How Childproof is Your Home?

How Childproof is Your Home?

If you’re either still anticipating the birth of your bundle of joy, or already seeing hints of the havoc that bundle will wreak as soon as it can walk, now is the time to evaluate your home’s safety. Although there are near limitless possibilities for your little one getting into trouble, let’s explore a few key areas that are likely to need the most childproofing, and some quick fixes to keep your child safe.

Stairs

These are usually the first thing that comes to a new parent’s mind when it comes time to childproof, and for good reason. Toddling or crawling kids aren’t often paying much attention to where they’re going, and can end up tumbling down unprotected stairs. Even young ones attempting to go up can be dangerous and problematic if they’re unaccompanied. It’s best to prevent either case by installing a baby gate and ensure your railings won’t allow a tot to squirm through.

Sharp Corners and Edges

Nearly every room in your house as a few sharp corners to watch out for, whether it’s a coffee table, fireplace, side table, or even a chair. But, this one has an easy fix: Much like they prevent walkers from scuffing flooring, tennis balls can also be cut and placed on the sharp corners of coffee tables and other furniture to soften bumps. For longer edges (on many of those same furnishings), try slicing a pool noodle and slipping it around the edge.

Outlets  

There are a few ways to block kids’ access to electrical outlets. For example, strategically rearranging heavy furniture to sit in front of outlets, also ensuring they can’t be reached from the sides, can help keep your kids safe while freshening up the living room decor. For outlets that are still exposed, pick up some plastic plug covers or cover outlets with duct tape to effectively keep tiny fingers — and any object they might be holding — at bay.

Cupboards and Drawers

Tiny tots won’t be able to reach the upper cabinets, but ground-level cupboards and drawers should have their handles secured with store-bought devices or simple elastic bands to make it difficult or impossible for kids to open them. Drawers are best secured with purchased locks to ensure kids can’t accidentally pull the drawer out completely. Also note that if drawers and cupboards can open even slightly, kids can inadvertently pinch their fingers, so it’s best to keep these tightly closed.

Kitchen Appliances

The potential for injury in the kitchen is high, especially around the stove. To prevent little ones from accidentally turning on a burner, pop off stove knobs and keep them in a drawer until you need to use the stove. Oven doors pose another risk — both in terms of burns and kids climbing on the open door and tearing it off its hinges — so pick up an appliance lock that will keep it firmly closed, even if kids pull on the handle. Those same appliance locks should be used on the refrigerator to prevent prying hands from causing a food avalanche or even potentially pulling the large appliance off balance.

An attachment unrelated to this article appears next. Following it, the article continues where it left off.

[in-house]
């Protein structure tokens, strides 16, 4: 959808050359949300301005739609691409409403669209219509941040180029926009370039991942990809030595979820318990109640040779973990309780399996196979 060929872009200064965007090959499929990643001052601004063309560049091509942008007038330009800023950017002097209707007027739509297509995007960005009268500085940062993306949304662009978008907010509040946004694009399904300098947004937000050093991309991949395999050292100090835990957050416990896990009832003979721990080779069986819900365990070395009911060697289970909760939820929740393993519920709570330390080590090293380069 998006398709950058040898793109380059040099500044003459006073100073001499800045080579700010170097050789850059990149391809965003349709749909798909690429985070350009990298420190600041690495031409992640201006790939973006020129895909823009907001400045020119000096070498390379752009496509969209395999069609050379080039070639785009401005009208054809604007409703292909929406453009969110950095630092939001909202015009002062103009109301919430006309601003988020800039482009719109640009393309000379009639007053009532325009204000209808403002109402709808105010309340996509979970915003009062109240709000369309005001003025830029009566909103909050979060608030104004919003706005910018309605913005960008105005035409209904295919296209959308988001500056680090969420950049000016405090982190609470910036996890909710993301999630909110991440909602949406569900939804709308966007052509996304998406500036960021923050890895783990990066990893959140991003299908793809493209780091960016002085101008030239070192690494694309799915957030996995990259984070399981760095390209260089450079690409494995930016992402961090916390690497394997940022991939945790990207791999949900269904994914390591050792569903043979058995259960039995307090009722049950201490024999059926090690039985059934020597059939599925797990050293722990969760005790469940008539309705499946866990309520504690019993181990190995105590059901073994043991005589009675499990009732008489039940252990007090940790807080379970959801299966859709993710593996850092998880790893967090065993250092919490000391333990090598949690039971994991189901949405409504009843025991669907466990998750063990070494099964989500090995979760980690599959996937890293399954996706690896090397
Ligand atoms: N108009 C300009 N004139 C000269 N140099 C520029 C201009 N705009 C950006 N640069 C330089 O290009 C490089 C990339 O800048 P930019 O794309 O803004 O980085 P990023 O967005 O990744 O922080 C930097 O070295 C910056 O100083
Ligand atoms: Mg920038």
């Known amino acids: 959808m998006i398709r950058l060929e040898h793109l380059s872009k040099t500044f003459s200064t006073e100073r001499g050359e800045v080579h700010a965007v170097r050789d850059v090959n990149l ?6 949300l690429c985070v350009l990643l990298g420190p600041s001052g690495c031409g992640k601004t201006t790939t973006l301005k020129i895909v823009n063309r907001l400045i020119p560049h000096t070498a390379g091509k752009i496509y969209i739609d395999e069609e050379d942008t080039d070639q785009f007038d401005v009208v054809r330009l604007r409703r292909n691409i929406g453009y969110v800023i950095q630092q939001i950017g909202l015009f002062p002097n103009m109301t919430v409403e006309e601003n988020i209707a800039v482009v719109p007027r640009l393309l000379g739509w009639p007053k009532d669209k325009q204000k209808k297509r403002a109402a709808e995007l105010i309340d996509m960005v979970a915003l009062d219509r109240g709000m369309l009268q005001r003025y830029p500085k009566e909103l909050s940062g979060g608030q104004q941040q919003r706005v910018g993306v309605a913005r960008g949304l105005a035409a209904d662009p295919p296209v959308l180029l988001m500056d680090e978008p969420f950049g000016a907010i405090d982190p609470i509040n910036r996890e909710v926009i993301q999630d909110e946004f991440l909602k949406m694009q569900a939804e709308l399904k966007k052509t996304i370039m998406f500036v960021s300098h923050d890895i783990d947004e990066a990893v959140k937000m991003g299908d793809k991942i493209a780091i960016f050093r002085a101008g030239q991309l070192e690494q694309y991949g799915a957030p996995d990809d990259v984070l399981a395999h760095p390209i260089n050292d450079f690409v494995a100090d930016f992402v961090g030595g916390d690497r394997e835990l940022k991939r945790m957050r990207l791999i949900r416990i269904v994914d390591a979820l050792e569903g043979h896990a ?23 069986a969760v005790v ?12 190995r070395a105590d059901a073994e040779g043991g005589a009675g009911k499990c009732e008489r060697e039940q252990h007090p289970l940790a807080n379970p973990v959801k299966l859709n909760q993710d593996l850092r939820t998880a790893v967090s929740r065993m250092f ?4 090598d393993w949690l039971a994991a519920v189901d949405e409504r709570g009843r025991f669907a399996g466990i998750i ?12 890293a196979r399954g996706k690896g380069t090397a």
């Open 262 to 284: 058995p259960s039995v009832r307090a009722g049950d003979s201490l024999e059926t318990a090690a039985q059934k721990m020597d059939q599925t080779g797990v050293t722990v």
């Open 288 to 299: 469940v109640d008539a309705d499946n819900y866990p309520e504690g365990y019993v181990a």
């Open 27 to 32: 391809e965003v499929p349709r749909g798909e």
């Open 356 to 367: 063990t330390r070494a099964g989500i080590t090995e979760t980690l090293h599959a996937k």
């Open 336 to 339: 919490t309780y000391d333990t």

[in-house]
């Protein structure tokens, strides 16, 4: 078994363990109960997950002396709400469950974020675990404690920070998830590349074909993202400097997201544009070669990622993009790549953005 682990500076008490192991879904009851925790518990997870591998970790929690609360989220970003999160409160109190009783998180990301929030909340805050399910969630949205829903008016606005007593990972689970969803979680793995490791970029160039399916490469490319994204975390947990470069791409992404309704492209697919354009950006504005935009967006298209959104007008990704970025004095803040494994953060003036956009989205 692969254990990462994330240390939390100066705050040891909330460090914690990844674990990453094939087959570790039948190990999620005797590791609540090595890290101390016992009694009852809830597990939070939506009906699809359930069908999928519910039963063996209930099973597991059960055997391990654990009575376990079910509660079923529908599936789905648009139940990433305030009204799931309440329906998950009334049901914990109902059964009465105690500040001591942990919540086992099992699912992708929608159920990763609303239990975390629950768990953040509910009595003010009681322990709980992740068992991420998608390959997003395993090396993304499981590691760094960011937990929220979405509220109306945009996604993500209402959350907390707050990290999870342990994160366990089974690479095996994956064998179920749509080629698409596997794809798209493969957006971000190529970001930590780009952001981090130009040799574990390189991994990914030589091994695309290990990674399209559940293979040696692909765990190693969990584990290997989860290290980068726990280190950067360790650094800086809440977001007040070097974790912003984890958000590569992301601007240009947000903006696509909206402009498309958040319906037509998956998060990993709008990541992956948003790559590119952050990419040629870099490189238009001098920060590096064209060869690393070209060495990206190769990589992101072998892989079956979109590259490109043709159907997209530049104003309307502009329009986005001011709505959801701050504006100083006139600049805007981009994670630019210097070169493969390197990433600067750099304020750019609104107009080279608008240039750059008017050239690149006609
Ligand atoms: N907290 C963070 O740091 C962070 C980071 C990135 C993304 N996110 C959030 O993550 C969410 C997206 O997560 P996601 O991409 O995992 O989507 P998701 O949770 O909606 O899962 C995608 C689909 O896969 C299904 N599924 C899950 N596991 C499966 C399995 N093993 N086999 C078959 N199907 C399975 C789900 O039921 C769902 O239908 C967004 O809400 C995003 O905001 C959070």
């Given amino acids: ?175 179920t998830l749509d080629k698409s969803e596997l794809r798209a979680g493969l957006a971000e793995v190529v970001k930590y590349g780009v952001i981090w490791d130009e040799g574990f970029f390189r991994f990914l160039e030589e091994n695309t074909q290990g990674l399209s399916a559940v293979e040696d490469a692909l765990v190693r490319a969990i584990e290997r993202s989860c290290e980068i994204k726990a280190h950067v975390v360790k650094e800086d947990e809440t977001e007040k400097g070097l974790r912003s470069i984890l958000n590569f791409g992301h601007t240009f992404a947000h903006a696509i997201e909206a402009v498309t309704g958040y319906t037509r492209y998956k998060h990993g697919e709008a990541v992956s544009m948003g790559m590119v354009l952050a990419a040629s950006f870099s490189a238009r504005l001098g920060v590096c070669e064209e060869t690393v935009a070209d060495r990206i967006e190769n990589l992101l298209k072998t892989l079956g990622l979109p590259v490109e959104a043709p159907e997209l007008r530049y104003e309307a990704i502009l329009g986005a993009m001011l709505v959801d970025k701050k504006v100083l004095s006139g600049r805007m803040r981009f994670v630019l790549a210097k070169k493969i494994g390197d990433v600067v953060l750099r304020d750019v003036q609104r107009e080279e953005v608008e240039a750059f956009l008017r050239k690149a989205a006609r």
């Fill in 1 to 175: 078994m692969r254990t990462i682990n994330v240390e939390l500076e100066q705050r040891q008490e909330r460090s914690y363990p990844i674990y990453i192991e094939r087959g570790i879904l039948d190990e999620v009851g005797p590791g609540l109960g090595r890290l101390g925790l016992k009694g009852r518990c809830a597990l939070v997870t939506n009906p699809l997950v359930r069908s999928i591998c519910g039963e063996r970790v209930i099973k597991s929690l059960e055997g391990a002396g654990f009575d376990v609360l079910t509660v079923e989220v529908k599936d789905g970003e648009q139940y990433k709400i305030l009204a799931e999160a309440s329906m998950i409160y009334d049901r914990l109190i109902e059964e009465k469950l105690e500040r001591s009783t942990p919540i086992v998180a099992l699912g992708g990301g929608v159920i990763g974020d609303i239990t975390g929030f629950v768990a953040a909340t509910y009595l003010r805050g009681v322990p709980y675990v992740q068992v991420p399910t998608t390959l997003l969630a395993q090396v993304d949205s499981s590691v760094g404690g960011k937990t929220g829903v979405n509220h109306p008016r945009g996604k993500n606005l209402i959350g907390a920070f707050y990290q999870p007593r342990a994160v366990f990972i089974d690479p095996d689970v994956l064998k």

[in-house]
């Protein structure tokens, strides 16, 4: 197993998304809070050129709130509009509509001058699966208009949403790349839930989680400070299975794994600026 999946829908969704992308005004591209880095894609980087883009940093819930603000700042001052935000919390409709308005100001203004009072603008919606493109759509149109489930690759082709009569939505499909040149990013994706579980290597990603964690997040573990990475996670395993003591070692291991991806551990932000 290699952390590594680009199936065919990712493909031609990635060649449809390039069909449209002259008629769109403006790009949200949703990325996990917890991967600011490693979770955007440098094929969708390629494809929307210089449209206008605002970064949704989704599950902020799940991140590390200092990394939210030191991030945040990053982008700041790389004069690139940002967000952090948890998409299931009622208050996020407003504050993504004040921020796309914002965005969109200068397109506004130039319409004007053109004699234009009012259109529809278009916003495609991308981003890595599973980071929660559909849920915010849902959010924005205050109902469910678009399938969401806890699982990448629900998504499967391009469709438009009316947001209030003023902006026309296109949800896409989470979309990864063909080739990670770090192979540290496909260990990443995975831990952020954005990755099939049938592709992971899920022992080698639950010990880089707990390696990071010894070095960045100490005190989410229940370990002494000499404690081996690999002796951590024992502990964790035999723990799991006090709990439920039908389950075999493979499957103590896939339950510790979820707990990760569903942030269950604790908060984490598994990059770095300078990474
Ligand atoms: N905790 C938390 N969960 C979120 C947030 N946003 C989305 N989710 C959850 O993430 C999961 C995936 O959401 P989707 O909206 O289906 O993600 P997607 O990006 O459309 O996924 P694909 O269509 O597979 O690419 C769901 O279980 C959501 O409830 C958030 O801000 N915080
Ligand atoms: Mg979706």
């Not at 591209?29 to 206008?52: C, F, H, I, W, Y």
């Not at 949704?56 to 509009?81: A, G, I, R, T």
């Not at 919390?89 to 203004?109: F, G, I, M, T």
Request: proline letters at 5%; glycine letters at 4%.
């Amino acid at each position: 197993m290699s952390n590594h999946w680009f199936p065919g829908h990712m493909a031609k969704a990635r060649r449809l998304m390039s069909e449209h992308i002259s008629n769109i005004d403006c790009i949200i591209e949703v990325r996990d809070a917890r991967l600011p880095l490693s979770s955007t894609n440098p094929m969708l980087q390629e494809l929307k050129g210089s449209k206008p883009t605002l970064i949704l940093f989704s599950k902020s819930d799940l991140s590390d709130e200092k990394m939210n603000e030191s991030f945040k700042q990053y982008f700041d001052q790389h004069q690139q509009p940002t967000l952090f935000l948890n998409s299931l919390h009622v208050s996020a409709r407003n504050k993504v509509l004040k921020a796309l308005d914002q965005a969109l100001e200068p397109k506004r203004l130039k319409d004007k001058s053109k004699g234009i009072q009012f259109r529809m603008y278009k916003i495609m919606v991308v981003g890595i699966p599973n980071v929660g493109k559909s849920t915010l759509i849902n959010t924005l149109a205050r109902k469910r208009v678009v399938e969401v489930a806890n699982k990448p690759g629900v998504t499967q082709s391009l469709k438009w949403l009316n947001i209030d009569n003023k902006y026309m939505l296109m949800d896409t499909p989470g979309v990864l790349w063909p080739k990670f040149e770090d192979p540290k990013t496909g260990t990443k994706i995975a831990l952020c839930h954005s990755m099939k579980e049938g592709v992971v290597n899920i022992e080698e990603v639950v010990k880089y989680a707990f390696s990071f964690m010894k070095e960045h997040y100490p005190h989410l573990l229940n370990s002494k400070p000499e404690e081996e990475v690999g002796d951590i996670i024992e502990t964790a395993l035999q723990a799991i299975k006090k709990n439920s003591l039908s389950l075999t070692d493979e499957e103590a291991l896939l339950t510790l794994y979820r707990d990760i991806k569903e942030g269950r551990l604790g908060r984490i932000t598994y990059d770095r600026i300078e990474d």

TVs, Dressers, and Bookcases  

Anything that can be easily knocked over should be secured. Flat-screen TVs are extremely easy to tip over, but you can add stability by attaching straps to both the back of the TV as well as the TV stand. Dressers and bookcases are also consistent sources of parental scares — open dresser drawers and shelves can look a lot like fun climbing equipment. In addition to securing each drawer, the dresser itself and bookcases should be tethered or bracketed to the wall.

Windows

Some low-sitting windows can pose a risk to little ones trying to lean out a window, or even sliding the window open large enough to accidentally fall out. In addition to keeping your windows locked, install a device that limits how far the window can open. For example, charlie bars are often used for sliding windows, while a window stop or wedge can be installed on nearly any window type. For crank windows, simply removing the crank — like those stove knobs — is enough of a deterrent to kids. If you’d like to be able to open your windows, you can opt to install a plastic “mesh” that lets in light and fresh air without letting the little ones near the opening.

Image Source: Flickr

Sam Radbil is a contributing member of the marketing and communications team at ABODO, an online apartment search service. ABODO was founded in 2013 in Madison, Wisconsin. And in just three years, the company has grown to more than 30 employees, raised over $8M in outside funding and helps more than half a million renters find a new home each month.